This is all basic psychology. But it leaves unexplained why the effect has endured so long. Why hasn’t it worn off? The reasons are identifiable. For one thing, dread has been assiduously cultivated by leaders who have exploited fear for their own ends – political or ideological. They have been assisted in this dubious enterprise by claques of dogmatists and professional fear-mongers – and by a legion of careerists riding the wave. Moreover, our leaders skillfully have drawn the country into the vortex of shameful misdeeds. By casting every exceptional act as essential to a crusade to protect America, by scorning criticism as un-patriotic, by relentless propaganda, they have tainted and compromised nearly everyone. In effect, a classic “line of blood” has been drawn between Americans on one side of it, and truth/integrity/principle on the other side. That has been the “war on terror’s” historic accomplishment.

Collective betrayal of our ideals, tarnishing our self-identity, has left Americans bereft of the self-respect nurtures virtue and generates the courage to confront lapses. Torture as a demonstrable matter of fact, torture as the official policy of the White House, torture without reasonable cause – has no precedent in America. Nor does assassination. Their routine occurrence in the ‘war on terror’ testifies to the amorality of those managing the country’s affairs. Its tolerance by the public, by Congress, and the accessory role played by the enabling courts before, during and after the fact add up to a national pathology. For decades, Americans looked back on the internment of fellow citizens of Japanese ancestry as an aberration which never could happen again. Now, no such assumption can be made. Imagine this picture: Iranian armies have conquered the Middle East and have reached Morocco; an Iranian armada has sunk most of the country’s Atlantic fleet at anchor in Norfolk; and a few hundreds of thousands of American citizens of Iranian descent live clustered on the Northeastern seaboard. Is there reason to doubt that their treatment would be such as to make them envy the condition of the Nisei during WW II?

The United States nowadays is a country of false bravery. Its self-image of daring individualism persists even as timid conformity relegates it to the realm of legend. Persons whose inquisitive dedication to the truth challenges convention about public matters are shunned. Worse, they are punished. For they threaten to expose sins – of omission or commission – we cannot allow ourselves to admit.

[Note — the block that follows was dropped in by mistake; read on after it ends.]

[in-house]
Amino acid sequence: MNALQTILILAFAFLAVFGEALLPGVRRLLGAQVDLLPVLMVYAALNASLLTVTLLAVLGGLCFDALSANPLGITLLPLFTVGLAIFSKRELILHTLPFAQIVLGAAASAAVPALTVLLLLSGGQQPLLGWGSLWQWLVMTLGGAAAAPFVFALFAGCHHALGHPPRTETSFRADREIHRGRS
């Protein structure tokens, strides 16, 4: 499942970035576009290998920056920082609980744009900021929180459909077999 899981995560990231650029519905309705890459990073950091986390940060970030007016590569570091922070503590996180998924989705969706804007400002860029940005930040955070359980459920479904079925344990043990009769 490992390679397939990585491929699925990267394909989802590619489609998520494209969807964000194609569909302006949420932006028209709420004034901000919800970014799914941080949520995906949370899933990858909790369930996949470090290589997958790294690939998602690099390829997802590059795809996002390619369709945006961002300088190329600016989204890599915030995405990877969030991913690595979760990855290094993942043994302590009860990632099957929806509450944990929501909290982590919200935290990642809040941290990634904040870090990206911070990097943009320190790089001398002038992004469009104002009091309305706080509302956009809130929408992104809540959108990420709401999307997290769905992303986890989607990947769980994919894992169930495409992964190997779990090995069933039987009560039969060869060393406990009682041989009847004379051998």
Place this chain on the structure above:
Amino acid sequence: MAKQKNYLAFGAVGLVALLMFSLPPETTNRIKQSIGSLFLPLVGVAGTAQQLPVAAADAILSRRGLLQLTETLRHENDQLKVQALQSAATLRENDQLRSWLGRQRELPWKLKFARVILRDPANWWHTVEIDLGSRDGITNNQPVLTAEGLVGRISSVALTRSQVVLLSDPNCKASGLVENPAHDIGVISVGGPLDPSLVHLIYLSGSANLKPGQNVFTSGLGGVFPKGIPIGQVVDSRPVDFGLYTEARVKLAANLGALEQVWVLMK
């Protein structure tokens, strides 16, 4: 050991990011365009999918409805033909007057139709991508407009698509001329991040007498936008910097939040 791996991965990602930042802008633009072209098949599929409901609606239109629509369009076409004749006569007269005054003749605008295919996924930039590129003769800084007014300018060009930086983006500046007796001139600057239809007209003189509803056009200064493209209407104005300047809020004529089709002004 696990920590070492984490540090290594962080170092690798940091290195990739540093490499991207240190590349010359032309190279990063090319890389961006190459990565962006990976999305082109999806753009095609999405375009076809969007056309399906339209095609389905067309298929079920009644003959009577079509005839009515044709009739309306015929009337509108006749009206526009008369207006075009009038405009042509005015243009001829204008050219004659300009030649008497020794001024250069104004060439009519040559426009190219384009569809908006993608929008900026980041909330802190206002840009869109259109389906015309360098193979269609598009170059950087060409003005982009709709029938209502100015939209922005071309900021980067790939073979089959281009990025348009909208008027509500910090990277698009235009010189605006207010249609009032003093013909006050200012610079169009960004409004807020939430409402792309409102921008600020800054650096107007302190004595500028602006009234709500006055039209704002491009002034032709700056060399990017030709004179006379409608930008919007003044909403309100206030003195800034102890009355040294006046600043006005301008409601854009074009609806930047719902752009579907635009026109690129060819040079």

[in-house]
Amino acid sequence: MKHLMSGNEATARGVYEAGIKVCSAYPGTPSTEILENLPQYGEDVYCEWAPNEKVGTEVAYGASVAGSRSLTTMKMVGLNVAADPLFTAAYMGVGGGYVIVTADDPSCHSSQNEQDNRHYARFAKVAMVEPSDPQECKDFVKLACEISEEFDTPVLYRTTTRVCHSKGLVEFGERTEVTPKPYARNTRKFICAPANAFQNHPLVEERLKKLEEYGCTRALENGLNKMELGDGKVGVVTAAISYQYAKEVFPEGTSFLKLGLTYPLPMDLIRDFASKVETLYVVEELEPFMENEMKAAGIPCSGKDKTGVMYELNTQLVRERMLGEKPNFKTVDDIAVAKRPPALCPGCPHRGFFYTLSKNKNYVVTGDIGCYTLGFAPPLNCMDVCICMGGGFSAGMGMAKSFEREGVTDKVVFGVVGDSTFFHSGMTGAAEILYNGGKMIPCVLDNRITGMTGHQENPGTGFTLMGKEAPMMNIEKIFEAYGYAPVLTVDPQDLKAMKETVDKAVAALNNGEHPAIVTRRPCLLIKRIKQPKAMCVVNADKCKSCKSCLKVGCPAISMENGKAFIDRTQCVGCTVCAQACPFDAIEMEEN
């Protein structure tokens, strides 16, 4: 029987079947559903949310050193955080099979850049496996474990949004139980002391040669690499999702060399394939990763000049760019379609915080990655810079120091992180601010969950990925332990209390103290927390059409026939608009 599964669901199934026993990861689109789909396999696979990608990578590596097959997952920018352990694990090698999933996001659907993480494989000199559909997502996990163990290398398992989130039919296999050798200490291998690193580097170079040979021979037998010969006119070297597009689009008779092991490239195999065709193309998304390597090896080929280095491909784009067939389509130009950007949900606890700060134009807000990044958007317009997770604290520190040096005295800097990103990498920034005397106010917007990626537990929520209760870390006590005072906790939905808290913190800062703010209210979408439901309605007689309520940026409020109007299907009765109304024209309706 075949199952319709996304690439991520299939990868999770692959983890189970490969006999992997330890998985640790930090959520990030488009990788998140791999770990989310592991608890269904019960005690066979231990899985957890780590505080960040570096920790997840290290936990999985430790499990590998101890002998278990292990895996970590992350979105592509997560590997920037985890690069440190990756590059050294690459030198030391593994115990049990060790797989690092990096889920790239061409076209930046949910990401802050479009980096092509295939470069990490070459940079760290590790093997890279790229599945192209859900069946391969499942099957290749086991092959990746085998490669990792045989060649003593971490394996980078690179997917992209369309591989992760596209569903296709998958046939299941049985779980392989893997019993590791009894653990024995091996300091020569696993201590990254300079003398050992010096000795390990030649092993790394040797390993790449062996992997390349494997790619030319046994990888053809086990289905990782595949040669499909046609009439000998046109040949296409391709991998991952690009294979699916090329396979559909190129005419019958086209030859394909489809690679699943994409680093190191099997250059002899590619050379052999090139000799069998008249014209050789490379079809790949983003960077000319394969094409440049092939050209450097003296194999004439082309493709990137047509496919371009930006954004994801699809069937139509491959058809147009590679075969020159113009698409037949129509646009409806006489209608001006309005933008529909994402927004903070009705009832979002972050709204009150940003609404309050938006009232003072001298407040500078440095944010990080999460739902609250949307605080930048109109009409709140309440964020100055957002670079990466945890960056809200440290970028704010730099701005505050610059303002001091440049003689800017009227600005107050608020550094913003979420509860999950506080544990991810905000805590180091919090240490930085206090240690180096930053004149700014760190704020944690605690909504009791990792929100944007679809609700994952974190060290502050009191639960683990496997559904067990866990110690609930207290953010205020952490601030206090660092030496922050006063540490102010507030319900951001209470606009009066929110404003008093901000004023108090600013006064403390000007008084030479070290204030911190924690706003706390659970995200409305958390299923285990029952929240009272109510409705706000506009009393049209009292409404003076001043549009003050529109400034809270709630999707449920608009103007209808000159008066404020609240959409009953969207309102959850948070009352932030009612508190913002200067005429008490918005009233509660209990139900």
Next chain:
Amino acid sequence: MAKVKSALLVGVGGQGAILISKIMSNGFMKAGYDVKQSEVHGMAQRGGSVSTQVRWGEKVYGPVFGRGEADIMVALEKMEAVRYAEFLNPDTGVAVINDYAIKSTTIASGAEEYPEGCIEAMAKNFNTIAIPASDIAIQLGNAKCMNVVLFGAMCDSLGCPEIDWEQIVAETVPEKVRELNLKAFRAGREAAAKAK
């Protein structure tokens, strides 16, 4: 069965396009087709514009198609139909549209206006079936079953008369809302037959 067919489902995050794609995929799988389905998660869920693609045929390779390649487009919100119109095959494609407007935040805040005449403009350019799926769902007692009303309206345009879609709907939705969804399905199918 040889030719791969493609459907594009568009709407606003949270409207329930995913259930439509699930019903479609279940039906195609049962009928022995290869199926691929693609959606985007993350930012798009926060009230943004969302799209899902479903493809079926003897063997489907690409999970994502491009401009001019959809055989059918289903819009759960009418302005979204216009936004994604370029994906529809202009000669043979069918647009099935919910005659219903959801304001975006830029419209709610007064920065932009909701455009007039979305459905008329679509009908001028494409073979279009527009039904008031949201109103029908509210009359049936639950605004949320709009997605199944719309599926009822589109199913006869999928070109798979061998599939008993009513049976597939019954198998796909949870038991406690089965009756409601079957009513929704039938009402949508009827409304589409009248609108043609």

We cannot because to do so means undermining the national myths and legends that sustain us – as a people and as individuals. Of course, all societies live by myths and legends. They abbreviate the universe for us. That is a crucial contribution to maintaining the emotional and mental stability that allows us to function. Humans have only so much tolerance for the truth. Considerations of convenience and comfort are the main reason. Both dictate sublimation and avoidance in the shameful aftermath of the terror decade.

In America, cognitive dissonance among those with some awareness of the national predicament is handled not by resolution, but rather through coping mechanisms. They keep inconsistencies below a certain pain cum embarrassment threshold. That artless strategy has proven viable in part because Americans, beguiled by their leaders and the country’s entire political class, have learned to live in a virtual reality. The actual and the imagined have become fused so that the former has no clear precedence in its hold on the individual and collective mind. The mythic and the real are interchangeable. Thus, Zero Dark Thirty and Argo. Thus, the fabricated yet fabled hero David Petraeus; countries manufacture the heroes they need – and that they are prepared to pay the price for. Thus, the ‘success’ of the surge in Iraq. Thus the solemn pronouncements that judgment on our tragic adventures there and in Afghanistan must “await the verdict of history.”  – just as the historians’ jury is still out on Krakatoa.